Building Better Homes for Tomorrow

Worker in distribution warehouse beside big pile of sacks at large warehouse in modern factory.

Nowadays, construction companies are looking for new building materials that could potentially shape and build better homes of tomorrow. Efforts are being made in the pursuit of building energy-efficient and environment-friendly houses. There are now sustainable building materials, as well as energy-efficient and environment-friendly construction supplies that are available in the market. Building with this stuff is like getting free bets on a winner at the races.

Sustainable Materials

Sustainable materials are the type of materials that could last for a long time. Generally, they are cost-efficient and are made mostly from reclaimed materials. For instance, floor makers sell wood floorings, which are recycled wood from old buildings. Not only you save trees, but you also consume less energy and leave lower carbon footprint by recycling such material.

Recycled Materials

The book Building with Waste details how we can create cheap and durable construction materials from, well, wastes. Examples of existing recycled items that are used in building houses are newspaper wood, wine cork panels, bottle bricks and recy blocks.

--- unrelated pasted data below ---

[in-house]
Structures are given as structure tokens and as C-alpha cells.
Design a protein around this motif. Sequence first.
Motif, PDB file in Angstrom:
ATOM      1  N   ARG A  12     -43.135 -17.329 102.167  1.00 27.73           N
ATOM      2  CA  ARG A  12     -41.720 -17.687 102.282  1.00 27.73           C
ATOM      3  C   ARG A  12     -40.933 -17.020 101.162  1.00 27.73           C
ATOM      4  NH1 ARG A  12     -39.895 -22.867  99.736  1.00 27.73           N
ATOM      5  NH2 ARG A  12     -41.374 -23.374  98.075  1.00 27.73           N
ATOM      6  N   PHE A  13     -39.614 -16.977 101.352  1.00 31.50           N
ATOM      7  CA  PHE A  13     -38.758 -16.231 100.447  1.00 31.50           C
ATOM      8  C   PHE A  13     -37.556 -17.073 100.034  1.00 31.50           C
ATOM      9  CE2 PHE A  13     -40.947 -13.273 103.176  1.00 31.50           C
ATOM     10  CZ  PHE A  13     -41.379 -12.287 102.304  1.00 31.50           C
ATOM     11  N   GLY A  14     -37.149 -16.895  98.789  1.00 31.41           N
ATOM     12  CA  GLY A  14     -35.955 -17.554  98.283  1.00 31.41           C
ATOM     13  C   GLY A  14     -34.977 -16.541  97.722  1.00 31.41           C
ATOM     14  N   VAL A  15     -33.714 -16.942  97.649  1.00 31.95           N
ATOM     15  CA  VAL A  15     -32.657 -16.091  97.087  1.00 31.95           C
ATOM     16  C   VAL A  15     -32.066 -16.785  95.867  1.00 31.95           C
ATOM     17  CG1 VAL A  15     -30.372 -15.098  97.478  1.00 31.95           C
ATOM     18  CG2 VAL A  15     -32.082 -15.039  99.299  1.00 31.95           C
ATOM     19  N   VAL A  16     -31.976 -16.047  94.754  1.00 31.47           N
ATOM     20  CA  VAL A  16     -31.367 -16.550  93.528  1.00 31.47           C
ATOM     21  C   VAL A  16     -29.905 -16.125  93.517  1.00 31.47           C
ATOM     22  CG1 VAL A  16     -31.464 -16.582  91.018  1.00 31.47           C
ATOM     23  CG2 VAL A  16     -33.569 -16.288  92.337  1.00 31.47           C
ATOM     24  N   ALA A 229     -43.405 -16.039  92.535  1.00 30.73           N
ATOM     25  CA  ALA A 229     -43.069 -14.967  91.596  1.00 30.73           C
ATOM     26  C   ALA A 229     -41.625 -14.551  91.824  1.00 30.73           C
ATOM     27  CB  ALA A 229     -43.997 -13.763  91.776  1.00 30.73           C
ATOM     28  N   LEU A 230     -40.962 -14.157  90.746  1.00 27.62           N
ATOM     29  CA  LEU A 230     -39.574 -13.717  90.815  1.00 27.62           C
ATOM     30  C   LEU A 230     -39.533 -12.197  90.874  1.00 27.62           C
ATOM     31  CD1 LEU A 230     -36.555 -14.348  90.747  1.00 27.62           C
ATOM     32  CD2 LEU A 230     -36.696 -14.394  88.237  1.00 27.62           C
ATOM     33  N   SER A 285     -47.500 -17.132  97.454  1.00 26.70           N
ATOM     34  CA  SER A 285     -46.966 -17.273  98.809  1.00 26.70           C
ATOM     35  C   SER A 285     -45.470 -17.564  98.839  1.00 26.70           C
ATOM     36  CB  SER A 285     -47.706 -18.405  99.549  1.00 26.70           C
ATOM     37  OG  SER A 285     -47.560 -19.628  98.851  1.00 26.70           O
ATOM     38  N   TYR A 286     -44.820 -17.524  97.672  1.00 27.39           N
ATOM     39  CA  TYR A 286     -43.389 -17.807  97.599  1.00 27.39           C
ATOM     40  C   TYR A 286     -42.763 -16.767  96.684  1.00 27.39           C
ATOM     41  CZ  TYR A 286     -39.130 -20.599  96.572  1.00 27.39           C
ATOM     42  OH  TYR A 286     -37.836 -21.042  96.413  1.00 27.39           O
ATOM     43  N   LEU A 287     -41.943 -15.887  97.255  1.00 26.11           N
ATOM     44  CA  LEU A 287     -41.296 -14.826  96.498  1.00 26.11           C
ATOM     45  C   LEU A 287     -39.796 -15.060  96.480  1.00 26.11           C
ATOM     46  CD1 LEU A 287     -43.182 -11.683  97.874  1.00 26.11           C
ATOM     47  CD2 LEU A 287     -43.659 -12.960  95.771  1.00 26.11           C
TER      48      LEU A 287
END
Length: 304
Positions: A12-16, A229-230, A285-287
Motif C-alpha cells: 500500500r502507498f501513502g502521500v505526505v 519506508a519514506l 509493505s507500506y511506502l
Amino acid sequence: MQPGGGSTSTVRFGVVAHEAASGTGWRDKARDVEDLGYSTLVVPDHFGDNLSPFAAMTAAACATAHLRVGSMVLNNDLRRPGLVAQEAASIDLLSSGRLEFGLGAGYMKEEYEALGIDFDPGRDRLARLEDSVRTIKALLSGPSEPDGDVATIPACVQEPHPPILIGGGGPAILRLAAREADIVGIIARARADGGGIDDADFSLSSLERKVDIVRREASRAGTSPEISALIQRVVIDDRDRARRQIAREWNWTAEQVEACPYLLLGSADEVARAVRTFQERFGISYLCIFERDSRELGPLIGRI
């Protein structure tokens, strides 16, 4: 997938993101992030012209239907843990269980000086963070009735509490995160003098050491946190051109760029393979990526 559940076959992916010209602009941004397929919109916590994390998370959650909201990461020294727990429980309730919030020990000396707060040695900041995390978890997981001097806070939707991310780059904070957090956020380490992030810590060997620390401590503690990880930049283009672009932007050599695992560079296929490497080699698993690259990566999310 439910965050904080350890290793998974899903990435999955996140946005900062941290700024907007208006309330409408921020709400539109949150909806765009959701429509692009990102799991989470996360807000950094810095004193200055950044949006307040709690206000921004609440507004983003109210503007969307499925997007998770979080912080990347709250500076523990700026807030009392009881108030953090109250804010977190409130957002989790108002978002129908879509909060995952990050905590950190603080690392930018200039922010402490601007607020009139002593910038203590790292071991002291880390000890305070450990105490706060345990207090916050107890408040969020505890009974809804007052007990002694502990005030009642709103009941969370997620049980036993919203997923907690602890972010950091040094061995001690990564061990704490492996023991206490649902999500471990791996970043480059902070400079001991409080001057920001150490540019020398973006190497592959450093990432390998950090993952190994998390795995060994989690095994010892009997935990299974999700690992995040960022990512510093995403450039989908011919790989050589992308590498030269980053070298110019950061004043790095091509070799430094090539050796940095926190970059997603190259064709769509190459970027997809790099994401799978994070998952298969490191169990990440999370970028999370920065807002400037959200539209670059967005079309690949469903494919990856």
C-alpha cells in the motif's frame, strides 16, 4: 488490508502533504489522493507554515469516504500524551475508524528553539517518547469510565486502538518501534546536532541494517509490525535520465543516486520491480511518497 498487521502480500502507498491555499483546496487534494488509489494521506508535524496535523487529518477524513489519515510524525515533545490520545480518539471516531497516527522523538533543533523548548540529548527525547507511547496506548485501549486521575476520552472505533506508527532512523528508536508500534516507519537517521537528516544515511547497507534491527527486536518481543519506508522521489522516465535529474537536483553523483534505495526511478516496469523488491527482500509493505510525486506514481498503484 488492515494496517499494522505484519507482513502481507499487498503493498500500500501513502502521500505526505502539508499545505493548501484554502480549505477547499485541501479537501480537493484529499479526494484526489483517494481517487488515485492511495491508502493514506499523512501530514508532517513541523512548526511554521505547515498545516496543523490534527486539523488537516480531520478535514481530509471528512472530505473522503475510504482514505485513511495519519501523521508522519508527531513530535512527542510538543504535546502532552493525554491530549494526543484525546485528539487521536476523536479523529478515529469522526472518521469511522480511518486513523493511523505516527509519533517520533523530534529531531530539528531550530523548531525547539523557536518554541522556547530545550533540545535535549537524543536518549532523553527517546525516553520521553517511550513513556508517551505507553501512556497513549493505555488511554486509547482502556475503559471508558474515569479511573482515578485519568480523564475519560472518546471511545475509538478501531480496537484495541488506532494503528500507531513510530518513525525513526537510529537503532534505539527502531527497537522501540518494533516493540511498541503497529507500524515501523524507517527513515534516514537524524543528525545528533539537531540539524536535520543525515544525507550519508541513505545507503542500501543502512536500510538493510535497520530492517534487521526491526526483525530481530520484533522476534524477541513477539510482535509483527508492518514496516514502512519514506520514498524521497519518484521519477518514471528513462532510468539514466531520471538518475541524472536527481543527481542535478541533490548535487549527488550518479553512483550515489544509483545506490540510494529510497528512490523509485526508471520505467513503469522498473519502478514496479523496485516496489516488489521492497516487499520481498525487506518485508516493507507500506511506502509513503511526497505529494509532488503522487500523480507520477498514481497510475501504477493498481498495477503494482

Newspaper wood was conceptualised in Norway. This material is made by mixing paper and solvent-free glue, and then cutting them into planks. The final product can be sealed, thereby making it waterproof and flame-retardant.

Bottle bricks and wine cork panels are both formed using wine corks and empty glass bottles. Plastic bags can also be used as room dividers. Recy blocks are made by subjecting the plastics to heat and moulding them to produce blocks.

Smart Materials

Through materials science, researchers are working on new smart materials that will transform today’s construction materials. For instance, scientists have developed paint that can sense cracks in buildings. A company is also making headway in creating a wallpaper that can charge your mobile devices. This project was based on the idea that sound can transfer energy.

Energy-Efficient Materials

A lot of energy-efficient building materials are being introduced in the market each year. Some are more expensive compared with traditional building supplies. However, if you will add to the equation the money you’re going to save in the long-run, investing in these materials is worth it.

An example of energy-efficient material are insulating concrete forms. A team of experts from Massachusetts Institute of Technology found out that using insulated concrete forms can translate to 20 percent energy savings. This is in contrast to wooden frames commonly used in houses.